How to achieve financial wellness


When you typically think of ‘wellness’ images of day spas, healthy eating, resting and leisure time usually come to mind. However, away from the Instagram-worthy, trending, wellness lifestyle, is the idea of balance and a better quality of life. It can be applied physically through exercise and mindful eating and mentally through stress-reduction, gratitude and lowering feelings of anxiety.

Although many wellness advocates will touch on the ‘mind, body and soul’ aspect of wellness, one area you may not have considered in the past is the idea of financial wellness. It doesn’t mean owning a boat, a luxury home or having the financial ability to splurge without debt. It’s the idea that you have control over your finances, have clear monetary goals in mind and practise good financial behaviour and habits. It can come from closely examining your money mind-set, attitude toward finance and a continual stride to do better financially. If you feel at ease and content with your financial path you’re much less likely to stress about whether you’ll pay your rent this month or what you’re going to do when an emergency arises. Your quality of life improves and therefore adds to your holistic wellness.

Everyone deserves to feel confident and financially literate, and achieving financial wellness is something that’s thankfully attainable for everyone, no matter their varied desires and goals. It’s something that requires work, positive habits and practice, as it’s less of an end result and more of an ongoing practice on how to mindfully live.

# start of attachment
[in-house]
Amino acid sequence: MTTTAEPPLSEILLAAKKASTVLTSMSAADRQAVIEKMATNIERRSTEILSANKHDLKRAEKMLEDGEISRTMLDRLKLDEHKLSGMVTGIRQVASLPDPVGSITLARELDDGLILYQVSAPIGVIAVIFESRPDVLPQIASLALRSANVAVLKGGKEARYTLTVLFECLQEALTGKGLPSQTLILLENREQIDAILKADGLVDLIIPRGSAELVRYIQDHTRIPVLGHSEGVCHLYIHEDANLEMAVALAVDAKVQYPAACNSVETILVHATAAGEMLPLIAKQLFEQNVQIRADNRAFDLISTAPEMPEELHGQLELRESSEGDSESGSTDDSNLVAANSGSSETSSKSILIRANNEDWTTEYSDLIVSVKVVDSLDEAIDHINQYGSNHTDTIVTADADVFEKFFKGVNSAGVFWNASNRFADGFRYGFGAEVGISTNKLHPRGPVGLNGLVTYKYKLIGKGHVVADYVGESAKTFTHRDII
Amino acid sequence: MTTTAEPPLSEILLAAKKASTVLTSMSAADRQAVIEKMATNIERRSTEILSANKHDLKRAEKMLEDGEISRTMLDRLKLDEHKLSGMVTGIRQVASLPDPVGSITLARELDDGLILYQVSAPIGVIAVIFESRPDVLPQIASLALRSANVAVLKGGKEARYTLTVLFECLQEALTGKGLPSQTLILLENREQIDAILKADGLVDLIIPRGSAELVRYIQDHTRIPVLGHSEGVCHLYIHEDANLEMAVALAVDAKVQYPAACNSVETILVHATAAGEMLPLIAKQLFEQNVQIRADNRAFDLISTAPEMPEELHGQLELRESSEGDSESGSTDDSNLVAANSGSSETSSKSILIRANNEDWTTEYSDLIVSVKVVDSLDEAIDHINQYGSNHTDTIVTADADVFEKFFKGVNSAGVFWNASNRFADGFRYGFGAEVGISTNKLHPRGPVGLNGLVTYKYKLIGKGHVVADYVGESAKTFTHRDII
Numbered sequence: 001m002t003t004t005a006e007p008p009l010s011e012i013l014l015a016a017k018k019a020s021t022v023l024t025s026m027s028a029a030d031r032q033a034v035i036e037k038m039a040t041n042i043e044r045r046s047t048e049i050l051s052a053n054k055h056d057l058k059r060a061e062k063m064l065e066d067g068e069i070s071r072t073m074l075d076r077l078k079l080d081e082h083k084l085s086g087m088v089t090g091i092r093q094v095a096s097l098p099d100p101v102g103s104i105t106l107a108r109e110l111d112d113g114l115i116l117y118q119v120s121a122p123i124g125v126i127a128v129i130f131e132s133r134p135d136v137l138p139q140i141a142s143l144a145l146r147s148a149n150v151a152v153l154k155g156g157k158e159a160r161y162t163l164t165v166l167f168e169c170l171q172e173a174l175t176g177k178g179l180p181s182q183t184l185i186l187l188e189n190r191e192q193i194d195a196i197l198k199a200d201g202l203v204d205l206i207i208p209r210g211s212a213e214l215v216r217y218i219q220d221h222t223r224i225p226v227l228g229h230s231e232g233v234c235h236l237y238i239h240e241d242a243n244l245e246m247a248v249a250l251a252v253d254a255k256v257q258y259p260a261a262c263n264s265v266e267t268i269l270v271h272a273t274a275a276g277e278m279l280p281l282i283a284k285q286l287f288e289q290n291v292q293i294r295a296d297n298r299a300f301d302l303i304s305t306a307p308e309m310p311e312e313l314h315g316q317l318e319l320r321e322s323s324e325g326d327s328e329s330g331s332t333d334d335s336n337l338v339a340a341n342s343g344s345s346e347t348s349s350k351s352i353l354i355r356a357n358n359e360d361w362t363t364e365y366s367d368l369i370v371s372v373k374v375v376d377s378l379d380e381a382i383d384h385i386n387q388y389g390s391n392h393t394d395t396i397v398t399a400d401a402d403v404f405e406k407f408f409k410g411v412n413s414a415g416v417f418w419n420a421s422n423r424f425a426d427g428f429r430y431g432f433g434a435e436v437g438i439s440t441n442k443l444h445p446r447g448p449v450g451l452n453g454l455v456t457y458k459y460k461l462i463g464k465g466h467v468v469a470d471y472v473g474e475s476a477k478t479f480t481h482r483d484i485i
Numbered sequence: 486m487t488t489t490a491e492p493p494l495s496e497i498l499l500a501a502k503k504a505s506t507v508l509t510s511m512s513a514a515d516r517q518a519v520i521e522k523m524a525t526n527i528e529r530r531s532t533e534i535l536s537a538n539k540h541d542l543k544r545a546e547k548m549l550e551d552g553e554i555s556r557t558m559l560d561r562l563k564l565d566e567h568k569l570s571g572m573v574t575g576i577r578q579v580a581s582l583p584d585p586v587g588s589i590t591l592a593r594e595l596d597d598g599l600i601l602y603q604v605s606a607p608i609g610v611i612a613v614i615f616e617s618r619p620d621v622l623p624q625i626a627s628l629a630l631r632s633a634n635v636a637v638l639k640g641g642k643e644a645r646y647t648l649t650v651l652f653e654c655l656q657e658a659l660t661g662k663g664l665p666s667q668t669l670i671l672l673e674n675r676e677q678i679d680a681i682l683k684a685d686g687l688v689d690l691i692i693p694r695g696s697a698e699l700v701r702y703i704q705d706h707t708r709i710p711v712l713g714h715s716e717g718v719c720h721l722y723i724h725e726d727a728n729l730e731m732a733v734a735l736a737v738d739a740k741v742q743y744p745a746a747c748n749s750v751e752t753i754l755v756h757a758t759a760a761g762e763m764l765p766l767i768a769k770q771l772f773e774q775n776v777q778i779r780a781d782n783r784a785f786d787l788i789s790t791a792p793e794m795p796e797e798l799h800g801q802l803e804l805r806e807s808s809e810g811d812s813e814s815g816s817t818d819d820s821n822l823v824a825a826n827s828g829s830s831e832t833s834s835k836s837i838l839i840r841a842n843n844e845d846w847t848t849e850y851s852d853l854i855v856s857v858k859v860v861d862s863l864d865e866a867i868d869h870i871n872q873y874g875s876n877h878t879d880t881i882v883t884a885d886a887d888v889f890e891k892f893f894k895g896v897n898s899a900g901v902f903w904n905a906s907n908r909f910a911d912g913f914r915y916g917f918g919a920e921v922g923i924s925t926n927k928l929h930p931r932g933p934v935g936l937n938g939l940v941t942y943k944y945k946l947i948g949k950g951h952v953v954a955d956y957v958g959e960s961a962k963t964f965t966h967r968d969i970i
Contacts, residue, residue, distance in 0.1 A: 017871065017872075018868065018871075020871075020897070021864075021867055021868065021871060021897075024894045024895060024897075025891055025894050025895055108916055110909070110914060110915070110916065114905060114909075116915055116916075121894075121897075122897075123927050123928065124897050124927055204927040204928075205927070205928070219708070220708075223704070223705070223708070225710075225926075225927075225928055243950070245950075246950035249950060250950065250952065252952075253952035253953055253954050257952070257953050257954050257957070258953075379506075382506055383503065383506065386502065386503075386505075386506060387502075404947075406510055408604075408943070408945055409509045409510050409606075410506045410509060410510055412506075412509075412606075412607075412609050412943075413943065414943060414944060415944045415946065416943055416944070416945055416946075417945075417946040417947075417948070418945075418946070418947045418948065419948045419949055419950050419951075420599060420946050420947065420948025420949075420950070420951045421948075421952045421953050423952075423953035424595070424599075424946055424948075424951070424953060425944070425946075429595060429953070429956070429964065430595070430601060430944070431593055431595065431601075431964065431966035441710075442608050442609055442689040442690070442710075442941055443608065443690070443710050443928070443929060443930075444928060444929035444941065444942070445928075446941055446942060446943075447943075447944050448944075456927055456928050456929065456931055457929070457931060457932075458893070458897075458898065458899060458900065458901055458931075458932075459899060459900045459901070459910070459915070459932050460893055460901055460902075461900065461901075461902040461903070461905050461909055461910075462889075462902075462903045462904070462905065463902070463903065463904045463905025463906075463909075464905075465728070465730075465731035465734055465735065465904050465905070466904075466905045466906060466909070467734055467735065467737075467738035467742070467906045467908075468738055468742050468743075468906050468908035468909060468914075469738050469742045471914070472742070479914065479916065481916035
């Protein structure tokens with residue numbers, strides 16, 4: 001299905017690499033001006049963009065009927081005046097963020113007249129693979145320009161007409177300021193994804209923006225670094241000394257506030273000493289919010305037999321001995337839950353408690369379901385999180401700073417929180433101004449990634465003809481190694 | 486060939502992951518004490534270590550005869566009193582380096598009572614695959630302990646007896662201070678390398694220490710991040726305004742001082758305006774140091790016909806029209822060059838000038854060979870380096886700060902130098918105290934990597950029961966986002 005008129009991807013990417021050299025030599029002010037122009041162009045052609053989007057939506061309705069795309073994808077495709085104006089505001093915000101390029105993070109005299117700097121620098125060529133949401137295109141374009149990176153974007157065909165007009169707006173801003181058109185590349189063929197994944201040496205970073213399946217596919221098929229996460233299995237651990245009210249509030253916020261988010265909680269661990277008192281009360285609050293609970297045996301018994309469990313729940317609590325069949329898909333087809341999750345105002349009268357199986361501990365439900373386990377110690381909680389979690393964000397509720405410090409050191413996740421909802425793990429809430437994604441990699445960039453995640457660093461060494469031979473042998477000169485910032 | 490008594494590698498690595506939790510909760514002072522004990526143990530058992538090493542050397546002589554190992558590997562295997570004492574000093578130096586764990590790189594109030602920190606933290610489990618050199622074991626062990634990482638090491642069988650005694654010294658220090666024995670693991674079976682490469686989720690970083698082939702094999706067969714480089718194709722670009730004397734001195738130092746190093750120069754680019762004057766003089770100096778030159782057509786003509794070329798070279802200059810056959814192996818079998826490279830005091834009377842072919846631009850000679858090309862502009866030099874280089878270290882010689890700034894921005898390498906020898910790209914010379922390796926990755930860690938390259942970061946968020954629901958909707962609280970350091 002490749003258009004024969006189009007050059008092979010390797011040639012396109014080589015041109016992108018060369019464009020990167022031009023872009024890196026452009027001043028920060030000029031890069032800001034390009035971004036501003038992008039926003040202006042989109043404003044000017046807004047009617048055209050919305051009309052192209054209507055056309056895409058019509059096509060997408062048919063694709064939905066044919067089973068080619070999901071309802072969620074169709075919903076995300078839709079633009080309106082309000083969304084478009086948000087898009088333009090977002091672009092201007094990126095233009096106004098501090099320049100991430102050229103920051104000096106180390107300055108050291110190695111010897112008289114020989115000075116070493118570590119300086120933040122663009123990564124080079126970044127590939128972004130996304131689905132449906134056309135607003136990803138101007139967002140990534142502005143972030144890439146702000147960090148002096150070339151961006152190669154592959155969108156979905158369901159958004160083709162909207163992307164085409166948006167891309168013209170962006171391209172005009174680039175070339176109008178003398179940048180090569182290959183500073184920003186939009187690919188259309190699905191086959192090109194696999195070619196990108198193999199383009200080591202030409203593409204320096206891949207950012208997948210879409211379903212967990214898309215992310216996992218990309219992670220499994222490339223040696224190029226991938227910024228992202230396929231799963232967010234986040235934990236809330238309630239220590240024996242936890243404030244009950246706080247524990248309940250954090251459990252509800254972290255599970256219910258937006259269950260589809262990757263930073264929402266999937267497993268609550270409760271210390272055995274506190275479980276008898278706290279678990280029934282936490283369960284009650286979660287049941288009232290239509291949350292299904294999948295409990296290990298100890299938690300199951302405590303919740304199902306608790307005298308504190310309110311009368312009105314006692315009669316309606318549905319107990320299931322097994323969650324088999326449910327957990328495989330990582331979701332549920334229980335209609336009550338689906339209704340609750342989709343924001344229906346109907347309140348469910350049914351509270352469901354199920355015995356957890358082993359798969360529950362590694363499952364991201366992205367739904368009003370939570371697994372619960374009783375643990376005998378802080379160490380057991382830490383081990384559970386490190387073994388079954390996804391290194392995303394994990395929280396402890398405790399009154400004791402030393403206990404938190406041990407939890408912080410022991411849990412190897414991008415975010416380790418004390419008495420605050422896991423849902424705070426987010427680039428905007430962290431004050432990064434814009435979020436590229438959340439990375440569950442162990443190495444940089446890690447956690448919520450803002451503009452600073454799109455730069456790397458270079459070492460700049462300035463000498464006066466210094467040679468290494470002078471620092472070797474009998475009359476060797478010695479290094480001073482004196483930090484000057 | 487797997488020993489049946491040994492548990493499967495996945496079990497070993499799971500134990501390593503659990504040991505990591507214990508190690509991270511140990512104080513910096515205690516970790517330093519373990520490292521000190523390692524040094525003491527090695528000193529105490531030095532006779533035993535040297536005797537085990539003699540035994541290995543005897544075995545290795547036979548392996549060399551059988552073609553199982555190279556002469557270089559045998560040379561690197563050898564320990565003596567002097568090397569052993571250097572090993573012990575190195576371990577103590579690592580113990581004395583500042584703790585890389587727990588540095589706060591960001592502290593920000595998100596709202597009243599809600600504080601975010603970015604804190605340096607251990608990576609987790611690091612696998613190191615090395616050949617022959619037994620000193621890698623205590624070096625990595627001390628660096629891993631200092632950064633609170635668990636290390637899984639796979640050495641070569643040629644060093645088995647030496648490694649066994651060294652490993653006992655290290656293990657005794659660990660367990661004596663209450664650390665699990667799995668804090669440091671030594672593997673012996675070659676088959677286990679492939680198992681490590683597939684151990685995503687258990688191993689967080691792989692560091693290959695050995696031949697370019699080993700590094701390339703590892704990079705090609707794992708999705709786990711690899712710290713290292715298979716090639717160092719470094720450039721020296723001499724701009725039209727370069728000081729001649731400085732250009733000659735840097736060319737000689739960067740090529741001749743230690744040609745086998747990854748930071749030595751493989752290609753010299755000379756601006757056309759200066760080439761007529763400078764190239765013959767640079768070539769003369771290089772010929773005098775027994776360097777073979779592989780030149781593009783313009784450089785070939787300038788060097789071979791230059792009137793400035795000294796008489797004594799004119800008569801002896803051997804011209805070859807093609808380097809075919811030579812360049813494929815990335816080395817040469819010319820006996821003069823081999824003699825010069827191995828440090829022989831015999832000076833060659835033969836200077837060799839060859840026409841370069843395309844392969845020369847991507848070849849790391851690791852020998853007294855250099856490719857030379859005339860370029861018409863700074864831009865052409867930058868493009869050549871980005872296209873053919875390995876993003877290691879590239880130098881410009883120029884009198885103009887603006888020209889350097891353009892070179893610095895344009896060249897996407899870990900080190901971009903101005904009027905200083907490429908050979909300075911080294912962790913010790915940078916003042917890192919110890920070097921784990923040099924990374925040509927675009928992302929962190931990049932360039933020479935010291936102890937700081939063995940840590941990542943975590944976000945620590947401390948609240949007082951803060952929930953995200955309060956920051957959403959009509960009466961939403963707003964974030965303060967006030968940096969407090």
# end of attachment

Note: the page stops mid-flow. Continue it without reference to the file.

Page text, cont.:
Financial wellness is more than just being money smart or financially savvy. It’s the capacity to regulate your emotional responses to limit or eradicate unhelpful financial behaviour and emotions.

Women inherently stress about money more than men. NAB’s Australian Wellbeing report showed financial anxiety rose, likely due to coronavirus in 2020 and that women were more worried than men. According to the research, females were more worried in regards to raising money quickly in an emergency situation, their children’s education and living costs such as rent payments and mortgage. In 2014, the Australian Psychological Society found that the three main causes of stress for Australians were personal finance, family issues and personal health.

Functioning with stress is like trying to meditate when your house is on fire as the stress hormones trigger your body’s “fight or flight” response. It comes with a rapid heartbeat, sweating, a scattered thought process and fast breathing. Not only are there the noticeable impacts that can be seen looking outside in, but when the stress response keeps firing daily it could have serious impacts on your inner health. Your respiratory and cardiovascular systems can be affected as your heart is pumping faster and your breath quickens. Your liver produces extra glucose, which over time may increase your risk of developing type 2 diabetes. Your digestive system may become upset as you may experience heartburn or acid reflux by an increase in stomach acid. Finally, your immune system can be lowered, subjecting you to more illnesses and infections such as the common cold.

Another issue with financial stress is that it can also have a big impact on your relationships, career and daily behaviour. One practice to lower financial stress is to utilise a budget sheet. Writing down your weekly or monthly incomings and outgoings will allow you to see the broader picture, minimise unnecessary expenses for valuable savings and predict what’s ahead. A lot of the time stress comes from the feeling of lack of control and the idea of the unknown. Planning how you’ll both spend and save your hard-earned cash is one way to minimise the stress response that comes with worrying about your money in the future.

It can be both confronting and eye opening to see how one aspect of your life (finances) can affect the wellbeing of your physical and emotional health too. By taking care of your financial wellness to lower stress, you’re simultaneously looking after your body and mind.



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